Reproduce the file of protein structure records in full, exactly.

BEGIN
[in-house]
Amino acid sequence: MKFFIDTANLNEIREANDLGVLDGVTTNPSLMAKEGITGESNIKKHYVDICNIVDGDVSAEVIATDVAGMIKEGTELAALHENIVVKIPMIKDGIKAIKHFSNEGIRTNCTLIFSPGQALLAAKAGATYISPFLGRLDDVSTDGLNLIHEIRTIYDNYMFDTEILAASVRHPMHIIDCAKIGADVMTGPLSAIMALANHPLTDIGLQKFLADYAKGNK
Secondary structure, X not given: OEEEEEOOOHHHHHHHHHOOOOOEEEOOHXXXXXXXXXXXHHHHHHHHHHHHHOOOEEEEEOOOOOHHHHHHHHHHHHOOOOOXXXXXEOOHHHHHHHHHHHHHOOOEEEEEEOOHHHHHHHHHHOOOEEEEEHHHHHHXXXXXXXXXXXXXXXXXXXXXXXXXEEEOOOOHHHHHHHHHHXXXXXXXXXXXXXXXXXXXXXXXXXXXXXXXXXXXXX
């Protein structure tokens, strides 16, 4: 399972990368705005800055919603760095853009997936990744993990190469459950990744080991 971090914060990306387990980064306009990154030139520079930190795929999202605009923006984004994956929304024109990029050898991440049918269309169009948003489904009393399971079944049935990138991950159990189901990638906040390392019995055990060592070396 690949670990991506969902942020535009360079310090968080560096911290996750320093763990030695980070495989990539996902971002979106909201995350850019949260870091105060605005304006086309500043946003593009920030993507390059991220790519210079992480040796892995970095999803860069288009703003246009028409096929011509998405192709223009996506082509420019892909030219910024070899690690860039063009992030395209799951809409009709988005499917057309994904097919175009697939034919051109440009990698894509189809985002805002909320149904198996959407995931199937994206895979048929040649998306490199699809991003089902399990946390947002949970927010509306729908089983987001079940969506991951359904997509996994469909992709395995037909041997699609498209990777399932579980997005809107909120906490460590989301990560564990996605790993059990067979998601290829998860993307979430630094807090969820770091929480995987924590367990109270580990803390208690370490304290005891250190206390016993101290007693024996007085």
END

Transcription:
[in-house]
Amino acid sequence: MKFFIDTANLNEIREANDLGVLDGVTTNPSLMAKEGITGESNIKKHYVDICNIVDGDVSAEVIATDVAGMIKEGTELAALHENIVVKIPMIKDGIKAIKHFSNEGIRTNCTLIFSPGQALLAAKAGATYISPFLGRLDDVSTDGLNLIHEIRTIYDNYMFDTEILAASVRHPMHIIDCAKIGADVMTGPLSAIMALANHPLTDIGLQKFLADYAKGNK
Secondary structure, X not given: OEEEEEOOOHHHHHHHHHOOOOOEEEOOHXXXXXXXXXXXHHHHHHHHHHHHHOOOEEEEEOOOOOHHHHHHHHHHHHOOOOOXXXXXEOOHHHHHHHHHHHHHOOOEEEEEEOOHHHHHHHHHHOOOEEEEEHHHHHHXXXXXXXXXXXXXXXXXXXXXXXXXEEEOOOOHHHHHHHHHHXXXXXXXXXXXXXXXXXXXXXXXXXXXXXXXXXXXXX
């Protein structure tokens, strides 16, 4: 399972990368705005800055919603760095853009997936990744993990190469459950990744080991 971090914060990306387990980064306009990154030139520079930190795929999202605009923006984004994956929304024109990029050898991440049918269309169009948003489904009393399971079944049935990138991950159990189901990638906040390392019995055990060592070396 690949670990991506969902942020535009360079310090968080560096911290996750320093763990030695980070495989990539996902971002979106909201995350850019949260870091105060605005304006086309500043946003593009920030993507390059991220790519210079992480040796892995970095999803860069288009703003246009028409096929011509998405192709223009996506082509420019892909030219910024070899690690860039063009992030395209799951809409009709988005499917057309994904097919175009697939034919051109440009990698894509189809985002805002909320149904198996959407995931199937994206895979048929040649998306490199699809991003089902399990946390947002949970927010509306729908089983987001079940969506991951359904997509996994469909992709395995037909041997699609498209990777399932579980997005809107909120906490460590989301990560564990996605790993059990067979998601290829998860993307979430630094807090969820770091929480995987924590367990109270580990803390208690370490304290005891250190206390016993101290007693024996007085």